This country can not be called the world leader inautonomous or electric transport, but she plans to make cars fly. That's what the matter is: today Japan announced that it is collecting 21 companies and organizations, including such giants as Uber, Boeing, Airbus, Cartivator and Japan Airlines, in order to take the transport to the sky for 10 years.
The Japanese government has promised that it willthe main problem holding back the appearance of flying cars: regulation. "The Japanese government will provide appropriate support to help implement the concept of aircraft, such as creating acceptable rules," the ministry said. If Japan can quickly create a legal system in which aircraft can operate, it can bypass countries such as the United States, in which the Federal Aviation Association, as you know, is resolving such issues very slowly.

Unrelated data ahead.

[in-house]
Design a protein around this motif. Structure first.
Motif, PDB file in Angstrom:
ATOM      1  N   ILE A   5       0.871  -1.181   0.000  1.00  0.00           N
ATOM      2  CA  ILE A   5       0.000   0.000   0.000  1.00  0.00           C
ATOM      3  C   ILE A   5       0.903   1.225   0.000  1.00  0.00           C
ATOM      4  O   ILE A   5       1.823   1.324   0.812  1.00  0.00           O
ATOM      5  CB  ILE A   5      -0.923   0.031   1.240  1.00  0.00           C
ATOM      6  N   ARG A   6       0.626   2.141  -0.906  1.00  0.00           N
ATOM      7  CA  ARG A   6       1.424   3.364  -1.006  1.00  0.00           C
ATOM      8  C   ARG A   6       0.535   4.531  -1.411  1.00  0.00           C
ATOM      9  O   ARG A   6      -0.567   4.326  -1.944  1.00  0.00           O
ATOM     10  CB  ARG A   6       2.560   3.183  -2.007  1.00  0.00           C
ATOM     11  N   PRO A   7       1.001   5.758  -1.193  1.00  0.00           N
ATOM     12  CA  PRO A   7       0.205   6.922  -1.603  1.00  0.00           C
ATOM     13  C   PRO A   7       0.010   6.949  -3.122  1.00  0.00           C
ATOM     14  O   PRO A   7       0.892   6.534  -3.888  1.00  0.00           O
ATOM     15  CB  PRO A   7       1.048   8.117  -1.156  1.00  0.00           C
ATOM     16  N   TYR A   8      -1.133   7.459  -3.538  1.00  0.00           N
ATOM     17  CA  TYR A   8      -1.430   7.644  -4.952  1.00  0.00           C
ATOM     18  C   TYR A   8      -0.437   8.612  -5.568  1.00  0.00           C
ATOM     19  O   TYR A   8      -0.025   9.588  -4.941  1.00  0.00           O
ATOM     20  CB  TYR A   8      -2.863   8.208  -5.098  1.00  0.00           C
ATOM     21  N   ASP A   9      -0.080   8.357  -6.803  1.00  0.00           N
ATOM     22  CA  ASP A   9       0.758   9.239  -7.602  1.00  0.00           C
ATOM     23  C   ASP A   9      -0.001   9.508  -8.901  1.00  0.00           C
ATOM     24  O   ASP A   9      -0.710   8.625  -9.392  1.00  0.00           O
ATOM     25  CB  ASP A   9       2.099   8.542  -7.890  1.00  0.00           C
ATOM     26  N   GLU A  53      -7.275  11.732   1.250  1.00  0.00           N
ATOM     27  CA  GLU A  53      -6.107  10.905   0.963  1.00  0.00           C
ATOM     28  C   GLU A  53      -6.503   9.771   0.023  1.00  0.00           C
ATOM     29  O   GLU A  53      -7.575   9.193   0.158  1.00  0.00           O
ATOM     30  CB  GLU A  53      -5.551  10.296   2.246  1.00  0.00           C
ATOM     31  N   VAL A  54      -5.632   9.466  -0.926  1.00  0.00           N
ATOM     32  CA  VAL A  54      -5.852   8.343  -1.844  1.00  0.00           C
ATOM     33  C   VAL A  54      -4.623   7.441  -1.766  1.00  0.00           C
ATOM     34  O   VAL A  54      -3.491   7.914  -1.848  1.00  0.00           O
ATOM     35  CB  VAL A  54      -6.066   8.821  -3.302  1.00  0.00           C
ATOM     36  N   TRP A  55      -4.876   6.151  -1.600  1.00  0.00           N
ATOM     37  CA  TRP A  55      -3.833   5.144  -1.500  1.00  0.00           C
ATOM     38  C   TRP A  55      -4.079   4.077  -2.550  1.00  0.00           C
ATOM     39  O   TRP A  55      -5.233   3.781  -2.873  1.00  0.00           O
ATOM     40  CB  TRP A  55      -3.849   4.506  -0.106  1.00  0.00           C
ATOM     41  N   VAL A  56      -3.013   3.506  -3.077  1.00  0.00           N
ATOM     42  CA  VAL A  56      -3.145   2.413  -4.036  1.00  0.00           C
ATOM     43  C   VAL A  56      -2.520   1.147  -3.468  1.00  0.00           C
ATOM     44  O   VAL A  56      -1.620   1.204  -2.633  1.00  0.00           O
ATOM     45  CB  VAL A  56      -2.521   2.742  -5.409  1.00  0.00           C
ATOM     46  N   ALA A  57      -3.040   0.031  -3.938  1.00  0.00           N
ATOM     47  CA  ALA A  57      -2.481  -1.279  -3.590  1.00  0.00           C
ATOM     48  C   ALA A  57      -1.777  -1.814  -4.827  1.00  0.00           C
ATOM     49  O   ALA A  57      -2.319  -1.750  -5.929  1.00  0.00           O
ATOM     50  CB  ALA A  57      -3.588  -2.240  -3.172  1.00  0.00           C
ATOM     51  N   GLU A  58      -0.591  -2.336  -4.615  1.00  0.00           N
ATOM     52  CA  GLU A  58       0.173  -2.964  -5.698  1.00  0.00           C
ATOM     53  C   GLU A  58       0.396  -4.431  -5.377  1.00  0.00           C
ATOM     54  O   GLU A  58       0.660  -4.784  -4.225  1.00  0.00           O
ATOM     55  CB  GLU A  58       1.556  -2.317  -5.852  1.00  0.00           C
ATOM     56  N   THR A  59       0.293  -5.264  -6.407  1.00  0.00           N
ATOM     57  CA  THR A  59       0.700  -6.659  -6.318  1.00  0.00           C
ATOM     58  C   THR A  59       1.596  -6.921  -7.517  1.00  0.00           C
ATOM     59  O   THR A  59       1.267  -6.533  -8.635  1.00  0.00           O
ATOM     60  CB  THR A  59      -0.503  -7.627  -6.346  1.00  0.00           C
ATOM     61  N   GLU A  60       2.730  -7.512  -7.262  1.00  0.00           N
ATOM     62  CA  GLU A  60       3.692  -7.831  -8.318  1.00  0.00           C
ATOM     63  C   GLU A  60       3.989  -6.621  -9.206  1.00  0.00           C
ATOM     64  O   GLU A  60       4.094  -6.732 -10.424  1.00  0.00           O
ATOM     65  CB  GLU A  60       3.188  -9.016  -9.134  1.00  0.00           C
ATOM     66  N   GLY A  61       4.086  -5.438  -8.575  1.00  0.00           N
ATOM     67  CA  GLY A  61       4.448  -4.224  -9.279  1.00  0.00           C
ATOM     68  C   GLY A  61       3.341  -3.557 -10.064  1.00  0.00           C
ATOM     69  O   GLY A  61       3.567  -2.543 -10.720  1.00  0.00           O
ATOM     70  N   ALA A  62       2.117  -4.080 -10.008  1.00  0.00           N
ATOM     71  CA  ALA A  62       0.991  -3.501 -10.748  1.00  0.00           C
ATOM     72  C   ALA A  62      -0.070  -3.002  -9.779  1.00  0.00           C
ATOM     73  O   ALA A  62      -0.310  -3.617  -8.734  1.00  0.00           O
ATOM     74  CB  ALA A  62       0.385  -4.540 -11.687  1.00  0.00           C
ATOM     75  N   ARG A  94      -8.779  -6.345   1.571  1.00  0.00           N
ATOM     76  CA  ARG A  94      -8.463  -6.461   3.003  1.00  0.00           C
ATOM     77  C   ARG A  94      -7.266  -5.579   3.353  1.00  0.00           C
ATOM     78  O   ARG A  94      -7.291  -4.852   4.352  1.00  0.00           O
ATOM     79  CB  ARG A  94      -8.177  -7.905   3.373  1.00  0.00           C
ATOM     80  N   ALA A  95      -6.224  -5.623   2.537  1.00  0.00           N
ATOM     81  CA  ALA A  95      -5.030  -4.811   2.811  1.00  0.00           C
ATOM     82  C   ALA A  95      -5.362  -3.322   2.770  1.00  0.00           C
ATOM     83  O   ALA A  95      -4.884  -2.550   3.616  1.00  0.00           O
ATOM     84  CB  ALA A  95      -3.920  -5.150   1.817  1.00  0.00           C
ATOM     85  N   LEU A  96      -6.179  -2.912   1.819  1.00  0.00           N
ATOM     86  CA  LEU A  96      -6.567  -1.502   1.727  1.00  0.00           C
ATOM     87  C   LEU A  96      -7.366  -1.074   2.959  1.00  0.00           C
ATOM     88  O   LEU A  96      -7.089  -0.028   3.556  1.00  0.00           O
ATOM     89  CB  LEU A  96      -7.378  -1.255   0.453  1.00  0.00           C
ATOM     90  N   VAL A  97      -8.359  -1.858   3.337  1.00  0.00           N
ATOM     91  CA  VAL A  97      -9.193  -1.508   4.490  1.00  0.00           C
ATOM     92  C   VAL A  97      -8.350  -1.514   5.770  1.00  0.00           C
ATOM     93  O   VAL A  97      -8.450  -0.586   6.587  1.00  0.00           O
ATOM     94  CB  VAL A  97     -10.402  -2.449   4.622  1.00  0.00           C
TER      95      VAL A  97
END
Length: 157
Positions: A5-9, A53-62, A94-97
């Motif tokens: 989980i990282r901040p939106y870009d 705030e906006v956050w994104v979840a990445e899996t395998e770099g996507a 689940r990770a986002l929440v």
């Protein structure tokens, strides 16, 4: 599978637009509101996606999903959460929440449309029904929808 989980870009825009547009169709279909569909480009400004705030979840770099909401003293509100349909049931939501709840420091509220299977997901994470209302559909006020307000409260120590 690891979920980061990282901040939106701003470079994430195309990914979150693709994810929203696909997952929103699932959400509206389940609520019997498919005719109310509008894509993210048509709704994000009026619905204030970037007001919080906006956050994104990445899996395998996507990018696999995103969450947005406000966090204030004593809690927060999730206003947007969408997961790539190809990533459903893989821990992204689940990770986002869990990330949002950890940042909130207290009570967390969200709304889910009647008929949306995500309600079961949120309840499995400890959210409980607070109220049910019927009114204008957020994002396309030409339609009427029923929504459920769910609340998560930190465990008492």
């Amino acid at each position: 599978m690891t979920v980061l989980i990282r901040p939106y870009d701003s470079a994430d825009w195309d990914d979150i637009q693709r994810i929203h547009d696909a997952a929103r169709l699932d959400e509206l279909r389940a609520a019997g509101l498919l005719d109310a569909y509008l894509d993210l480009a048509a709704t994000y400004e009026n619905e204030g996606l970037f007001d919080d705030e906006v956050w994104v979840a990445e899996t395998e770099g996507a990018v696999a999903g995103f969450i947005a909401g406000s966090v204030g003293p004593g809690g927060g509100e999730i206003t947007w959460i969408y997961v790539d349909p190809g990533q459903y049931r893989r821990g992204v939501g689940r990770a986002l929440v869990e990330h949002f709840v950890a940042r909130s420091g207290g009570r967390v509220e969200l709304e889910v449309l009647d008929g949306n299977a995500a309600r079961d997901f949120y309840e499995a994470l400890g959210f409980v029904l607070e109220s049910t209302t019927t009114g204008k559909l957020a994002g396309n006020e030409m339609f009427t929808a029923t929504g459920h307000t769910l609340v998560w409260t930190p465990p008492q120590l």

Why does Japan need flying cars?
Flying cars are definitely not ready forbecoming ubiquitous, but recently there has been significant progress in this area. Kitty Hawk, a flying taxi startup owned by Larry Page, is testing its large flying taxis over New Zealand and demonstrated the first versions of its Flyer earlier this year. Uber plans to launch flying taxis in five years and open a hub for its fleet in Paris in 2023.
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